There is no doubt we are living in a time of increasing complexity and intensity. Whether it is the current tensions in “hotspots” around the globe, struggles in communities close to home, or businesses trying to navigate not just marketplace competition and economic trends, but the significant social and political changes within their areas of operation. Even though they don’t make the front page news, we also know there are underlying tensions in the home that then manifest themselves in actions we do see in our schools, communities, and workplaces.
With the increasingly complex problems around us we have a tendency to become overwhelmed and sometimes paralyzed with the sense that the challenges are insurmountable.
In a real and practical sense, the complexities we see are not the result of some “community” behavior, “society” behavior, “organizational” behavior, or even “family” behavior. They are the result of individual choice and the behaviors that stem from those choices. A community’s culture, an organization’s culture, a family’s culture simply and practically flow from individual behavior.
The only real individual behavior we have control over is our very own. We are free and accountable to behave in response to the situation around us. Our individual behavior is where change begins. When we look across the history of time, we see individuals that are the catalysts for change. Not technologies or mass moments, but individuals are the genesis of driving change.
There are the great examples we read about like Gandhi leading change in India without ever holding public office. Churchill galvanizing the British people during time of war. Ronald Reagan as the catalyst for driving change to end the cold war. On the business front, we read about Lou Gerstner turning around IBM in the 1990s, Steve Jobs coming back to Apple and driving the next great wave of innovation, and Elon Musk spearheading great technical advances with Tesla’s electric cars and space travel.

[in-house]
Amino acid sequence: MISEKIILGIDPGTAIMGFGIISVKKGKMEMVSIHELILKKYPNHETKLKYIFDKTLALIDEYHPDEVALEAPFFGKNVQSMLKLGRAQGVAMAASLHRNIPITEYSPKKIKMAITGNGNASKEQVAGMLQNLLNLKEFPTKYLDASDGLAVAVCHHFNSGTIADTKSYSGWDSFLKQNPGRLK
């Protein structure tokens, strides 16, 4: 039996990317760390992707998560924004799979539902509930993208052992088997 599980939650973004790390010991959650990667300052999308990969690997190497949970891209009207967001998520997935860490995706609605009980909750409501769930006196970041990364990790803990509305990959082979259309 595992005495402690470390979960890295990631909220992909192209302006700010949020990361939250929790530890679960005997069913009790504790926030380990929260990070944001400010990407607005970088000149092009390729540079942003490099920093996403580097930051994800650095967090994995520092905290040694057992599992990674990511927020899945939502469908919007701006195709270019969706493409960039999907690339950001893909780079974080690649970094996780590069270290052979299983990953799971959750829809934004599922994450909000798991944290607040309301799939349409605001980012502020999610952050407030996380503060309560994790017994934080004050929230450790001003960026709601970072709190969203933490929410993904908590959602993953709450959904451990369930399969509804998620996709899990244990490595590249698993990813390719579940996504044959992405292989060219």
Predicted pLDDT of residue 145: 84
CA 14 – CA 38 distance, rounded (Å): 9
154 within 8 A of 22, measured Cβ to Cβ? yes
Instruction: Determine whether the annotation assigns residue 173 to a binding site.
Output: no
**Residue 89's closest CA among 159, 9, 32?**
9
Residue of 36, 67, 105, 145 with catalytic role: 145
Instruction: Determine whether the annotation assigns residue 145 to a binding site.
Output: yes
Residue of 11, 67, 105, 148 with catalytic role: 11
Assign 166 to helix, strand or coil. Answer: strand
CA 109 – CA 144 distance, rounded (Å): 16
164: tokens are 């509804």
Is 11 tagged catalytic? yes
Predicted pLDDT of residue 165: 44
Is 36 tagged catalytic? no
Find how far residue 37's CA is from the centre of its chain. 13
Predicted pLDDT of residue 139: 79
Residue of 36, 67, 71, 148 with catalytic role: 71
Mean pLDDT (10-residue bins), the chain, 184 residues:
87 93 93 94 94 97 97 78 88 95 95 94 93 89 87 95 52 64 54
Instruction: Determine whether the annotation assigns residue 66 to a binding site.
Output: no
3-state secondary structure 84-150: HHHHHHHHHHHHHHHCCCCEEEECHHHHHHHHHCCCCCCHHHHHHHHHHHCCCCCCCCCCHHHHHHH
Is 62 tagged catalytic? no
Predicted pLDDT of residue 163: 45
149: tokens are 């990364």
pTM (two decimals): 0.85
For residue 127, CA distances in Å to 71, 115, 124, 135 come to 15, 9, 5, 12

However, the most important actions of people becoming the catalyst for change are those we don’t read about in the papers or on the internet. They are the actions of individuals in the home. The individual behaviors of parents, grandparents, and children within the home has always been the greatest catalyst for change over time.
It is the behaviors within the home that day in and day out set the tone for the next 8 hours in the classroom, the workplace, the community. Those behaviors in the home, collectively over time, form the foundation for individuals to step up and meet the opportunity on a much larger scale and become the catalyst for the really big changes we will eventually read about in newspapers and in history books.
Driving major change around the world and around our community is about individuals being the catalyst and those individuals are first and foremost impacted by behaviors in the home.
We all have our roles to play. Some of us are playing direct, major roles right now in dealing with the complexities we see all around us. However, for the vast majority of us, our best effort to impact these large complexities can be brought down to clear and simple steps we can start in our homes and with our families.
Our character, the internal compass that drives our thoughts, decisions, and actions, is the starting point for those important behaviors in the home. As we build and strengthen our character with behaviors based on honesty, respect, understanding, courage, compassion, and discipline, we will create the foundation to encourage others in the home to act based on those principles in school, the workplace, and the community. Eventually some of them will drive positive impact on the world’s stage.
When the complexity of this world begins to feel overwhelming, we should all remember the role we can play to drive change begins simply and clearly in the home. As we guide our thoughts, decisions, and actions by principles, we will build and strengthen our character and Character Creates Opportunity® to improve the world around us.